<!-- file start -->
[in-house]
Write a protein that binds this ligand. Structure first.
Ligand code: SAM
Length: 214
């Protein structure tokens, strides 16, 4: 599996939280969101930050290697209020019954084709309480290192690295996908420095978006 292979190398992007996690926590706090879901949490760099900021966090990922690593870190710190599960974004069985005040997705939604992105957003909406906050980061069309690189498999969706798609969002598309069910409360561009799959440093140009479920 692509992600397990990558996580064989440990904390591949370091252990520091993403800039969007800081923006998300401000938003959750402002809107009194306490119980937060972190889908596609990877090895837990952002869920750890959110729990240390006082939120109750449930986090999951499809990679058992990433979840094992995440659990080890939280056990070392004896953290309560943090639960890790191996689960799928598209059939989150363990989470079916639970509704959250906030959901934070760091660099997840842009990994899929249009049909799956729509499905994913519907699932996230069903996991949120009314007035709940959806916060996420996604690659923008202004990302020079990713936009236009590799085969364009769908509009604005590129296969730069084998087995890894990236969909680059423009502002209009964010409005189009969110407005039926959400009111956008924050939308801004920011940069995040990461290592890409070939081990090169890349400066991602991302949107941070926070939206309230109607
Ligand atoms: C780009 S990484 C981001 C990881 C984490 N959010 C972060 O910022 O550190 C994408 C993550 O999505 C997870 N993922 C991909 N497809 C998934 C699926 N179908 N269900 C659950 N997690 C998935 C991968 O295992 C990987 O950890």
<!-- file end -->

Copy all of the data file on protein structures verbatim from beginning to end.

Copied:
[in-house]
Write a protein that binds this ligand. Structure first.
Ligand code: SAM
Length: 214
């Protein structure tokens, strides 16, 4: 599996939280969101930050290697209020019954084709309480290192690295996908420095978006 292979190398992007996690926590706090879901949490760099900021966090990922690593870190710190599960974004069985005040997705939604992105957003909406906050980061069309690189498999969706798609969002598309069910409360561009799959440093140009479920 692509992600397990990558996580064989440990904390591949370091252990520091993403800039969007800081923006998300401000938003959750402002809107009194306490119980937060972190889908596609990877090895837990952002869920750890959110729990240390006082939120109750449930986090999951499809990679058992990433979840094992995440659990080890939280056990070392004896953290309560943090639960890790191996689960799928598209059939989150363990989470079916639970509704959250906030959901934070760091660099997840842009990994899929249009049909799956729509499905994913519907699932996230069903996991949120009314007035709940959806916060996420996604690659923008202004990302020079990713936009236009590799085969364009769908509009604005590129296969730069084998087995890894990236969909680059423009502002209009964010409005189009969110407005039926959400009111956008924050939308801004920011940069995040990461290592890409070939081990090169890349400066991602991302949107941070926070939206309230109607
Ligand atoms: C780009 S990484 C981001 C990881 C984490 N959010 C972060 O910022 O550190 C994408 C993550 O999505 C997870 N993922 C991909 N497809 C998934 C699926 N179908 N269900 C659950 N997690 C998935 C991968 O295992 C990987 O950890």